Thursday, January 07, 2010

Statistically Speaking...

"Well I hope this experience hasn't put you off flying. Statistically speaking, it's still the safest way to travel."--Superman

I get tired of hyperbole. When President Obama started sternly lecturing our intelligence agencies for a "systemic failure" in Detroit on Christmas day, I just rolled my eyes. Another politician takes advantage of bad math to make political hay.

This may not be politically correct, but I thought that the Columbine incident was pretty much overhyped, too. This is not to say that the loss of life was not tragic; of course it was. What I'm saying is that we pay far too much attention to tragedies where the loss of life is high because it all happens at the same time. I worked in a school back in the 90s where at least as many students died from gunfire on the way to, from, and even at school, but nothing was ever done or said about it. No national news media covered the violence. No crisis plan was initiated nationwide to prevent the deaths. It wasn't until a lot of people died all at the same time in a school did the idea of bullying or student violence even make the headlines.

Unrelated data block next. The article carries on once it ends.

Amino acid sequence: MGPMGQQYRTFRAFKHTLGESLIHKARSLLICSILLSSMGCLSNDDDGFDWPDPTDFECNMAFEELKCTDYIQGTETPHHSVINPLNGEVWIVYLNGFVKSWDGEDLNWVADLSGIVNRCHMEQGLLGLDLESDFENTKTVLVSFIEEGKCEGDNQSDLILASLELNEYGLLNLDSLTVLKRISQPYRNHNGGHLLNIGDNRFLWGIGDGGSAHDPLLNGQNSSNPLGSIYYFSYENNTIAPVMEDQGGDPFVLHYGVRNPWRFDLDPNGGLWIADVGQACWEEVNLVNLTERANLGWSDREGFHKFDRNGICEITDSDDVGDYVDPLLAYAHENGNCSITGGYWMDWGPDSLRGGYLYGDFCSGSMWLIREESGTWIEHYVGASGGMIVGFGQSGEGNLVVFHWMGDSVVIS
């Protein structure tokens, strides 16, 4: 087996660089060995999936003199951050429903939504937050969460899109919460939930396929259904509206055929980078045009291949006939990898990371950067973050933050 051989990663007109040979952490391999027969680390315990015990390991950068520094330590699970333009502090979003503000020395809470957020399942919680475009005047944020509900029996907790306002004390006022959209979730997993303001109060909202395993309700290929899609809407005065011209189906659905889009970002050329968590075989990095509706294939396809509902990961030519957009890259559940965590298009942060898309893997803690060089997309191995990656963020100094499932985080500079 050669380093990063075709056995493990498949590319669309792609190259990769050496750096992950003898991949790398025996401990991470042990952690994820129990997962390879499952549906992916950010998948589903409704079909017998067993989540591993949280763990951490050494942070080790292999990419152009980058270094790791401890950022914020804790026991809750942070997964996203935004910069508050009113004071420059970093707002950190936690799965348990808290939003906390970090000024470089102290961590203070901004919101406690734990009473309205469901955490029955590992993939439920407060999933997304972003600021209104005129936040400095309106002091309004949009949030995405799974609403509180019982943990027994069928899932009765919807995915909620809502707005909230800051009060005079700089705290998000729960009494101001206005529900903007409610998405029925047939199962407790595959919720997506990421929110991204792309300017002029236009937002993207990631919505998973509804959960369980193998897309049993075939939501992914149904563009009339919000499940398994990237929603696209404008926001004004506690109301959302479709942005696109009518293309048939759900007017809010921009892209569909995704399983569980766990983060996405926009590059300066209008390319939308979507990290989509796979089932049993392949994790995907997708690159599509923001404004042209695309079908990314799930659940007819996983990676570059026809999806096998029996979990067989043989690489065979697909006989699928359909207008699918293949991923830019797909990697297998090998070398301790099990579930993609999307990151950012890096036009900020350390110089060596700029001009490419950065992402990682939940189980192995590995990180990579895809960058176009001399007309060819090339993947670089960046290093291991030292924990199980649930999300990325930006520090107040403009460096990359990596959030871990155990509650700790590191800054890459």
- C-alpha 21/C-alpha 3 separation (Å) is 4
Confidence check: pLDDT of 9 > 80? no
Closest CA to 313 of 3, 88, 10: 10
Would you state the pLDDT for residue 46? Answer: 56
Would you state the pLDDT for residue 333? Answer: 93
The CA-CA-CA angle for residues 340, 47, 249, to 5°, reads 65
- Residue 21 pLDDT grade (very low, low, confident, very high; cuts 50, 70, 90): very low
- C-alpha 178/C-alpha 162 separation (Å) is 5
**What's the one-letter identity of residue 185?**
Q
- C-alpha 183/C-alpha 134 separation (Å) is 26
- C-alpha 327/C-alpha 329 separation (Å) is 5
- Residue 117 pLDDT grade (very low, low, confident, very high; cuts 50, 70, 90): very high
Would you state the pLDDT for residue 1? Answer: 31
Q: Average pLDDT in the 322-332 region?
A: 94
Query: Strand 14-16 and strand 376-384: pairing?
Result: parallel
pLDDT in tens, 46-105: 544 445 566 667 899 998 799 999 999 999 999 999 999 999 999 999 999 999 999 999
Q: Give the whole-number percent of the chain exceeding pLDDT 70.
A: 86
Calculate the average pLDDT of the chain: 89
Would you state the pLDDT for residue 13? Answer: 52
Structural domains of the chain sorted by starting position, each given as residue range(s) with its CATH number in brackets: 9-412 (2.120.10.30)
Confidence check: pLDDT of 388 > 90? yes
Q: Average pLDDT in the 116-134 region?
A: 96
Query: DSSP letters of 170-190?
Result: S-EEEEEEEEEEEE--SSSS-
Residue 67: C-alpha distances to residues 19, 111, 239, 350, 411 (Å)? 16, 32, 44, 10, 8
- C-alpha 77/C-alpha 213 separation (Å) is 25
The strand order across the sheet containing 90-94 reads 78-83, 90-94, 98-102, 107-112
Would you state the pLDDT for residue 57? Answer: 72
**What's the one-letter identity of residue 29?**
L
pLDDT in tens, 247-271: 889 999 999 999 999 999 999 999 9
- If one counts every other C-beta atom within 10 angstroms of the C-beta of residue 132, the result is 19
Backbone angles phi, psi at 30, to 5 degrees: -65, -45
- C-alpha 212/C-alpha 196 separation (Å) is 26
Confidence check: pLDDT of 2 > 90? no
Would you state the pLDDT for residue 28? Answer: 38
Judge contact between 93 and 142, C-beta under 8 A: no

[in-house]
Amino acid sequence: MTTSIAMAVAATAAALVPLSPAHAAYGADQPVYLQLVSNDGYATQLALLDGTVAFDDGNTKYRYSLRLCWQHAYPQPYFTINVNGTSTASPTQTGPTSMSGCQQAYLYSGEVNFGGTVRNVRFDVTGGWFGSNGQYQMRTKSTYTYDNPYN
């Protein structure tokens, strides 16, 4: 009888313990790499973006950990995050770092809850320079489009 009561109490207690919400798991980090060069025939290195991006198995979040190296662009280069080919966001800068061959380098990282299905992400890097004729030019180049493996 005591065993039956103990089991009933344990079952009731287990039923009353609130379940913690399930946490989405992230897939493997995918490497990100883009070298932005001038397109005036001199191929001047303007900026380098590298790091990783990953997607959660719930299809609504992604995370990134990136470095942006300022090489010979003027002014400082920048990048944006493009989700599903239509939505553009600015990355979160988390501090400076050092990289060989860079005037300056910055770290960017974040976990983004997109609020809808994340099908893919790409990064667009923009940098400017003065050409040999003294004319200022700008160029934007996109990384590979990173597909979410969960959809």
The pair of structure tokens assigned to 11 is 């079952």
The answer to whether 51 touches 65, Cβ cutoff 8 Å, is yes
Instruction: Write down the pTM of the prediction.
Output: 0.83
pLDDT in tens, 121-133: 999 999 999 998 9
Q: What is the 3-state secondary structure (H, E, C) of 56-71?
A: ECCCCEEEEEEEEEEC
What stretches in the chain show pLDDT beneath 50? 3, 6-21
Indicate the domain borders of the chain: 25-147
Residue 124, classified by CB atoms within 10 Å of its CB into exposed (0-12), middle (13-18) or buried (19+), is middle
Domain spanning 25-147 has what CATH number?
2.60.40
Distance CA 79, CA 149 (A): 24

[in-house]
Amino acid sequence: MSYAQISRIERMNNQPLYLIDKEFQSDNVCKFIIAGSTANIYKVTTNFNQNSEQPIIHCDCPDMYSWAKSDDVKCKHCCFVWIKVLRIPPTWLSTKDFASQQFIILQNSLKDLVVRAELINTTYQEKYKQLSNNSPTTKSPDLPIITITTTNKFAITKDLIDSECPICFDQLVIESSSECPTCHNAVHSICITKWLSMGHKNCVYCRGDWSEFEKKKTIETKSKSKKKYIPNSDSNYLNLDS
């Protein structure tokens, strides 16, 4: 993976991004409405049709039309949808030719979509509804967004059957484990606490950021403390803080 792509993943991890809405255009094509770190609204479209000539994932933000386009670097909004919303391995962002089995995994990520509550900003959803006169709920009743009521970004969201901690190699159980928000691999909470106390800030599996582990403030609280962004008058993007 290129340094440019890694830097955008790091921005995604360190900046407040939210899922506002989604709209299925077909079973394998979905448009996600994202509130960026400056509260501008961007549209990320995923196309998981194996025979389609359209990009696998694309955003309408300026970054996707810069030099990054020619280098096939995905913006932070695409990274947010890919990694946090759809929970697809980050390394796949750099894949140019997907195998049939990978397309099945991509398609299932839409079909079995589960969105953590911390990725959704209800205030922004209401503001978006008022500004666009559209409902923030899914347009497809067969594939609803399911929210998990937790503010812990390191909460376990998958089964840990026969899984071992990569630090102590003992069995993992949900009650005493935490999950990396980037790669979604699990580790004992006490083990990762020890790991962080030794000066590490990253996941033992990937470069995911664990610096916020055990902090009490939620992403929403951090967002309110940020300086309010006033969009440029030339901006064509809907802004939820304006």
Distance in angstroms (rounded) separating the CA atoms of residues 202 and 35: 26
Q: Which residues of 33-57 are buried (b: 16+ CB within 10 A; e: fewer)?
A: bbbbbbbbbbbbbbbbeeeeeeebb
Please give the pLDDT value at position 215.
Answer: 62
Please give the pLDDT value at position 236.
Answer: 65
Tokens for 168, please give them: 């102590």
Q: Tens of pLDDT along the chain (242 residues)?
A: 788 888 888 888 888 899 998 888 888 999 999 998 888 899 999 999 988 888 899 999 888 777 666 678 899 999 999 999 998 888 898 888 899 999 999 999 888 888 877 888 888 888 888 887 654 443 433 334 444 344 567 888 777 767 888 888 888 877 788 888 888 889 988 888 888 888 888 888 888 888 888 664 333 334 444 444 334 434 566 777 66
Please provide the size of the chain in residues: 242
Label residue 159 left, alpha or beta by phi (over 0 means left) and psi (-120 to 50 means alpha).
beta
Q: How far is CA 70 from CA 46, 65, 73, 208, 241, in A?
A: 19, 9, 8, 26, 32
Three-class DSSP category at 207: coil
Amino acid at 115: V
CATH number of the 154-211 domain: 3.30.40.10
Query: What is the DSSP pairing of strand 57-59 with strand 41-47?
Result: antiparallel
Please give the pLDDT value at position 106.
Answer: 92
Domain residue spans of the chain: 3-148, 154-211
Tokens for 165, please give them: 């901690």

Why are plane crashes covered in the news? Because the loss of life all happens at the same time. Superman was right. Statistically speaking, it's still the safest way to travel. It's just that you don't see 300 lives lost all at the same time on highways that makes those kind of accidents not as newsworthy. It's far more dangerous to drive on the highways than to fly, so where is the outrage? Where is the president, sternly lecturing about impaired driving? There are 13,000-14,000 alcohol-related driving deaths per year in the U.S. alone. Someone would have to blow up a whole lot of planes to compare to that, and once again, no I am not saying that those types of deaths are any less tragic. I'm saying that the tragedy of terrorism in the air is a relatively small problem.

I've got a great idea. Why don't we stop spending billions while nickeling and diming air traffic threats and start taking equally bold steps to save as many lives as possible. That would be worth a headline or two.

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